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How to Make Irish Coffee

How to Make Irish Coffee
March 2018

Celebrate Saint Patrick’s Day with Prohibition’s spin on the cocktail mixing whiskey, coffee, and cream, with a sprinkle of popcorn powder


(Serves 1)

Freshly whipped heavy cream, for topping (recipe below)
Popcorn powder, for topping (recipe below)
1 1/4 oz. Teeling Single Grain Irish whiskey
1/2 oz. Demerara syrup (2:1 ratio of Demerara sugar to water)
4 oz. freshly brewed Sumatra coffee

For the whipped cream:

Before creating the drink, make whipped cream by pouring one cup of heavy cream (cream must be at least 36 percent fat) into a metal bowl or stand mixer. Using either the mixer on medium speed or a hand whisk, whip the cream until it has only slightly thickened and soft peaks have formed, about six to seven minutes (you want the cream to pour easily into the glass). Store the whipped cream in the refrigerator until ready to use.

For the popcorn powder:

In a blender or food processor, combine one cup of freshly popped salted and buttered popcorn with one cup of maltodextrin (available online or at vitamin stores). Blend until the mixture has the texture of fine sand. (The maltodextrin cuts the fat in the popcorn butter, so the resulting powder is not greasy.) Store in an airtight container.

For the drink:

Pour the Irish whiskey, Demerara simple syrup, and freshly brewed coffee into a warmed glass Irish coffee mug, leaving about a half-inch of space at the top of the glass for the cream. Pour the freshly whipped cream carefully on top. Sprinkle on popcorn powder to garnish, if desired. Serve immediately.

Mixer’s notes:

Shake it up: “To save time behind the bar, we whip our heavy cream by pouring it into a shaker bottle [used to make protein drinks] and shaking it up,” notes McCourt. “Just be sure to only whip the cream a few seconds, so it pours easily into the glass.” You can purchase the bottles at most vitamin stores and online.

Warming trend: “A heated glass is key to a good Irish coffee,” McCourt explains. “Before pouring the drink, run your cup under hot water to warm it up.” This emphasizes the hot-cold contrast between the heated coffee and the whipped cream, he says.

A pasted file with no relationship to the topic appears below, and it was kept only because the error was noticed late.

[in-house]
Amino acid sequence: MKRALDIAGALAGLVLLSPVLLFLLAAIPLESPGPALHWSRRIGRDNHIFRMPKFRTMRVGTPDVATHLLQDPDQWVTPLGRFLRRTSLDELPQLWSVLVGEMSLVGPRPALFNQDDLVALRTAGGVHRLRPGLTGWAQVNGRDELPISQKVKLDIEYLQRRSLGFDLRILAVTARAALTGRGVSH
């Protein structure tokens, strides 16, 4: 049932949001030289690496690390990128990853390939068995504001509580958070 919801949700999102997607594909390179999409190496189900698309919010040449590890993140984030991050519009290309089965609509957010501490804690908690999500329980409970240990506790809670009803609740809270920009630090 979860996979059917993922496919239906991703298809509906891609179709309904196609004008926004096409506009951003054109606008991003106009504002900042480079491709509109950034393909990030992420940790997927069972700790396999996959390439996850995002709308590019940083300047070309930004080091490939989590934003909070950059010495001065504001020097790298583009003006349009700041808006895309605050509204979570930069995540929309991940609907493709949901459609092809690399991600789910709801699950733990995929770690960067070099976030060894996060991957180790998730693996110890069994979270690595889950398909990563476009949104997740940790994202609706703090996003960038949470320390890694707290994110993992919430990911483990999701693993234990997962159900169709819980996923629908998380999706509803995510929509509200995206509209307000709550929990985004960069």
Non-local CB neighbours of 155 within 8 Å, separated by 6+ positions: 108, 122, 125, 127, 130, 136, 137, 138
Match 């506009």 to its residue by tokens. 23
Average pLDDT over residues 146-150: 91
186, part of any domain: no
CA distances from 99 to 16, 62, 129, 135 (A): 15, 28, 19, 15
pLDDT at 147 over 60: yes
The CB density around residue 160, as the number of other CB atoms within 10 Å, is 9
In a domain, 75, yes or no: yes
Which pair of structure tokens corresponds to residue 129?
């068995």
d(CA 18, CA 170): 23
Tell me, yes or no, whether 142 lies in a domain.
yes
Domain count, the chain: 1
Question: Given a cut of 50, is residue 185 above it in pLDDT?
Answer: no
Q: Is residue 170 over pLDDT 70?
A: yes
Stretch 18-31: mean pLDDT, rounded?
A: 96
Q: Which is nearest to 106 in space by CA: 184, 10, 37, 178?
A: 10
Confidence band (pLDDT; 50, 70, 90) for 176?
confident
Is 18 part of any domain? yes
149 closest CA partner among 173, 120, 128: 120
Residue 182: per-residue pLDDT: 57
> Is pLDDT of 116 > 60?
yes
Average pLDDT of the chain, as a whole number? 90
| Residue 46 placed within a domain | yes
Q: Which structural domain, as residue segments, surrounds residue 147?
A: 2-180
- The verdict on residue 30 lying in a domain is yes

Stirring stickler: While some Irish coffee purists refuse to stir any part of the cocktail—they simply build the drink and sip it as is—McCourt says it’s fine to give it a whirl after adding the simple syrup and coffee. “But don’t stir the cream,” he stresses. “It’s so much better to drink through that layer.”

Meet the Mixer: Jim McCourt (pictured above)
Born in Belfast, Northern Ireland, Jim McCourt is an old hand at making Irish coffee. “I’ve been doing it for as long as I remember,” he laughs. “I recently had a flashback of making Irish coffees with my mom when I was seven or eight years old.” Bars were his family’s business—“I grew up in them,” he jokes—and age 15 found him behind the counter himself, stirring drinks for customers. Later, McCourt jumped the pond to New York City, where he honed his mixing skills for some 17 years before moving to Charleston in 2013 to join the opening team at Prohibition, coincidentally composed of two other Irishmen. While his native cocktail has always been on the menu, McCourt recently started garnishing the drink with powder made from popcorn (or gran rosta in Irish)—an ingredient he swiped from the kitchen on a night the bar hosted a corn-themed dinner. “I should’ve used it years ago,” he says. “It adds an incredibly rich, buttery taste.”